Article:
I recently described medicine’s future to the heads of one of America’s largest health systems.
It’s a future already happening at companies like Uber, Amazon, and Disney. Facing competition they’ve innovated: lacking competition hospitals have not…until now. Suddenly the cozy alliance between providers and payers has broken down. Payers buy providers: health systems offer insurance vehicles. Both desperately consolidate to arm themselves for the coming Armageddon to control health care.
All of which means disrupted hospitals suddenly face two completely foreign challenges: providing value and finding ways to function more efficiently.
So I told these health leaders about one coming efficiency: real time surveillance of employees and inventory i.e. how come we can track a passenger or his baggage anywhere in the world in real time but we don’t know if a hospital patient is finished with his MRI or a surgeon has arrived in the OR?
Order an Uber and you know the exact minute your car will come, you can view the car enroute in real time, and know the driver’s name, car model, and license plate. At Amazon’s massive warehouses employees wear bracelets that not only identify their location but detect their arm motions (so the device makes sure they’re reaching to pack the correct item.) Similarly at Disney World your family wears bracelets that pay all your bills and keep your place in line for rides (automatically calling you back when it’s your turn). Disney even programs the bracelet with your child’s favorite character and then alerts that character to your location to seek you out…and make your child’s day.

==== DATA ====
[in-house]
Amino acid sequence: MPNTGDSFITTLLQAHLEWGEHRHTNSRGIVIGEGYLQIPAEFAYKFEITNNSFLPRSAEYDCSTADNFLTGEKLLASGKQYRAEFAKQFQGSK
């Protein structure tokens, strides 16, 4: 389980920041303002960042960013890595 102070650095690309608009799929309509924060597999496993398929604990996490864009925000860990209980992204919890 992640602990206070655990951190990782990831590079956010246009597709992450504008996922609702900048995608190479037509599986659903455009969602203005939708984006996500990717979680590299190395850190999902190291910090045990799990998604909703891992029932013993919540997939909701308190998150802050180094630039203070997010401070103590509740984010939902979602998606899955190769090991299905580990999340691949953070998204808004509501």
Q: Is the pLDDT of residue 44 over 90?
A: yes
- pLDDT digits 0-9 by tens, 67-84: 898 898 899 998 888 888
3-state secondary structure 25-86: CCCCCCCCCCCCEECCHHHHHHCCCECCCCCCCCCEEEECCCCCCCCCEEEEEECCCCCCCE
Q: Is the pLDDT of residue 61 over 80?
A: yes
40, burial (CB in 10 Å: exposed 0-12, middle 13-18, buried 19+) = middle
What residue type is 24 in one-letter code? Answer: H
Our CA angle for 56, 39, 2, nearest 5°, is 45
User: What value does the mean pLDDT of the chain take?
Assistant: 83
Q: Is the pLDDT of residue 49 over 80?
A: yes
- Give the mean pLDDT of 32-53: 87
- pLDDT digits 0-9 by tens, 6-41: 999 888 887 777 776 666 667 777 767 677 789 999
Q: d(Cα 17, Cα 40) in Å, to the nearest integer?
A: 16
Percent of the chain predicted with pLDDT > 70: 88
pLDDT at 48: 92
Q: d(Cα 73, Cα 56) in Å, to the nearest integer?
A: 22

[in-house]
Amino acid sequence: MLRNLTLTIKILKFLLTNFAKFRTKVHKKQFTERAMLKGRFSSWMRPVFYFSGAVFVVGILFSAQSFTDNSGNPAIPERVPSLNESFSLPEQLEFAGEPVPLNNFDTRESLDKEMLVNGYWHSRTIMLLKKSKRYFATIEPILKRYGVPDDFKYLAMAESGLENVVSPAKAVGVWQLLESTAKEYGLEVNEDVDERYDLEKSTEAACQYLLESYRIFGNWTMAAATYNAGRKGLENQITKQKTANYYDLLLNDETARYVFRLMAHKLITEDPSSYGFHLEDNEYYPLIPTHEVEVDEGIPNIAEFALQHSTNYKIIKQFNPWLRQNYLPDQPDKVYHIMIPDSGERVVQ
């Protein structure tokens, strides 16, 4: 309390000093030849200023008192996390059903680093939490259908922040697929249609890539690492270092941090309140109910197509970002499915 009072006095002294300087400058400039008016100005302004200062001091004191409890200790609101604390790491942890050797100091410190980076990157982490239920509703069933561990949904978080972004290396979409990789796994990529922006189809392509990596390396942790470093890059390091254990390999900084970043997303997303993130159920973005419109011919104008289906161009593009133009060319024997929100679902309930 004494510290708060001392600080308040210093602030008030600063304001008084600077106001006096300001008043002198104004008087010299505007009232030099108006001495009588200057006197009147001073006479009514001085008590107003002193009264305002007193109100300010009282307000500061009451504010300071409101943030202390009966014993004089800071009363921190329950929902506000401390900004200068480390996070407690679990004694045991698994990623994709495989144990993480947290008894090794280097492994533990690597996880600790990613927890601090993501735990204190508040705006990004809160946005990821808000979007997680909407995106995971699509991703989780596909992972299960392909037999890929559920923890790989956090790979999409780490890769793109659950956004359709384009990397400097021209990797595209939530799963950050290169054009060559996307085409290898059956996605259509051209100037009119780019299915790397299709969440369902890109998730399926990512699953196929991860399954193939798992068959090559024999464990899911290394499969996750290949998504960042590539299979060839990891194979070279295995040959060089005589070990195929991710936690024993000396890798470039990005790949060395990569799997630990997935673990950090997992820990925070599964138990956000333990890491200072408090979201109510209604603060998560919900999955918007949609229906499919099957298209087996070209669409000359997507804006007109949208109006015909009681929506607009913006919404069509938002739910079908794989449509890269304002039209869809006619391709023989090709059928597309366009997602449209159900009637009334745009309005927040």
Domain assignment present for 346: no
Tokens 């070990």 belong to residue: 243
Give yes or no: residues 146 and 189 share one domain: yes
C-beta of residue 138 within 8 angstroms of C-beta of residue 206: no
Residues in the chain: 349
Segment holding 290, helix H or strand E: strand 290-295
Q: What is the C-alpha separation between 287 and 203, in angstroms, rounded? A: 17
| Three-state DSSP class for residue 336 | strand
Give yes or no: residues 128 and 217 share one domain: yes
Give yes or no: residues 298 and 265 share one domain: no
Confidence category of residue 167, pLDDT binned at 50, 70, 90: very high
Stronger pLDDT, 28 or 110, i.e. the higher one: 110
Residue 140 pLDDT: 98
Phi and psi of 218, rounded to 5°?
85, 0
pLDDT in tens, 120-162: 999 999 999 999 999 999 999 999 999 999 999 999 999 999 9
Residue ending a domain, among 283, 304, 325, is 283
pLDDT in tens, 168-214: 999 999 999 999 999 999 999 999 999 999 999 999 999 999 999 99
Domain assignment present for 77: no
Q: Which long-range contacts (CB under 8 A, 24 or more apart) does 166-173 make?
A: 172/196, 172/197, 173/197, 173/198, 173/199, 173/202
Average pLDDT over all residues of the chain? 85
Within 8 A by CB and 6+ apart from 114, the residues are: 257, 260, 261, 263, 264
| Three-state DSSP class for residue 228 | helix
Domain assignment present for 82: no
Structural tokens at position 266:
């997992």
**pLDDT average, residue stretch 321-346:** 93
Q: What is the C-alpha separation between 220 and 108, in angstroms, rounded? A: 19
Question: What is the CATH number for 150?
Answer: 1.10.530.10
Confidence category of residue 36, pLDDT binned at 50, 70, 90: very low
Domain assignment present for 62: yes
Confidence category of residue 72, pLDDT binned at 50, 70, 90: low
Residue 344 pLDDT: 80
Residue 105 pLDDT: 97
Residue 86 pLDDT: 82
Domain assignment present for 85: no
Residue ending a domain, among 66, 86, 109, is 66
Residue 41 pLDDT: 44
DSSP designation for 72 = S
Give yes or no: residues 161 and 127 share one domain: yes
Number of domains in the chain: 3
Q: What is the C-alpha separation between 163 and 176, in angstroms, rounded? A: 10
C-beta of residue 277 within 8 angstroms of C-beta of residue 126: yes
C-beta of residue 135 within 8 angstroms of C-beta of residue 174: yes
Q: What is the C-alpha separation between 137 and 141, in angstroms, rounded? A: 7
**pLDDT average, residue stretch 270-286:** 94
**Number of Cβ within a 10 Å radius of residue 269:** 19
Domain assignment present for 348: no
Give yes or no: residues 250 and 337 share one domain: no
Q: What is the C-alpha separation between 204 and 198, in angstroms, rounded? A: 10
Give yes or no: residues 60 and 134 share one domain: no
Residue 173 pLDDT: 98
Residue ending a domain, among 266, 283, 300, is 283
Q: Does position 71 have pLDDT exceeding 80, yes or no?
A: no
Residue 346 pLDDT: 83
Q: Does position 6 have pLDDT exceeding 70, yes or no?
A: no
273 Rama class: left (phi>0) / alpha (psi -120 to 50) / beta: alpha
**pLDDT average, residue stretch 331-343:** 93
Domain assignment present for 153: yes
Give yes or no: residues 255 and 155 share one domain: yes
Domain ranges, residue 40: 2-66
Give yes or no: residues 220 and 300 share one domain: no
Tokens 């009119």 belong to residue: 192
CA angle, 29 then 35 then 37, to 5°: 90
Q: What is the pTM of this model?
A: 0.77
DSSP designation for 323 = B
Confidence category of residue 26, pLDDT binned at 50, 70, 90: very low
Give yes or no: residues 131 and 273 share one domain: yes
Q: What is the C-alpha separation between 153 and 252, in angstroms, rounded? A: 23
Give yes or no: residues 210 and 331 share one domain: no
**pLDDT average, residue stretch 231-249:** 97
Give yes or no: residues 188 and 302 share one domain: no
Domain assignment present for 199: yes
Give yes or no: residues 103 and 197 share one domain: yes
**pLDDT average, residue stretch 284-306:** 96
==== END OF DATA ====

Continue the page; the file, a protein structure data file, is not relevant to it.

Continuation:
In transportation, retailing, entertainment and most other industries such real time surveillance of employees is old news. It’s only new to medicine because until now providers never required this level of efficiency.
This will inevitably change. Doctors, patients, and consumables will be tagged and a computer will show all their movements in real time to the managers of hospitals, ORs, or clinics. It’s already happening in some operating rooms. Patients will benefit with better service; but surveilled physicians and staff will likely suffer one more blow (along with EMR and ongoing “engagement” campaigns) to their autonomy.
And consider the “Uberization” endgame: replacing their human drivers with totally mechanical ones i.e. autonomous vehicles.
Unfortunately health care’s endgame is no different: “autonomous” (AI) doctors (a sadly ironic term since physician autonomy is precisely what they take away). If you’re in an imaging specialty like radiology or pathology, AI is already fast replacing you. AI is also replacing psychiatrists and primary care doctors. Sure, employers can’t buy compassion from AI. But people with compassion come far cheaper than physicians.
If you’re a physician, your commodity status is only going to get worse. And “commodity” status means no status at all. The future will only make you more interchangeable, more vulnerable, and more abused.
To escape this future, you have to stay independent. Doctor Michael Breen Associates can help you do this. We provide the press releases, web site help, social media help, and other marketing assistance that can transform you from a commodity…to a unique brand.
If you’ve already taken the leap and are practicing the kind of medicine you dreamed of in medical school, contact us. We’ll help keep you in control of your destiny. And if you’re just considering taking the leap into an independent practice, we’ll help make that transition easier.
If you’re willing to act, you can still be the doctor you always wanted to be.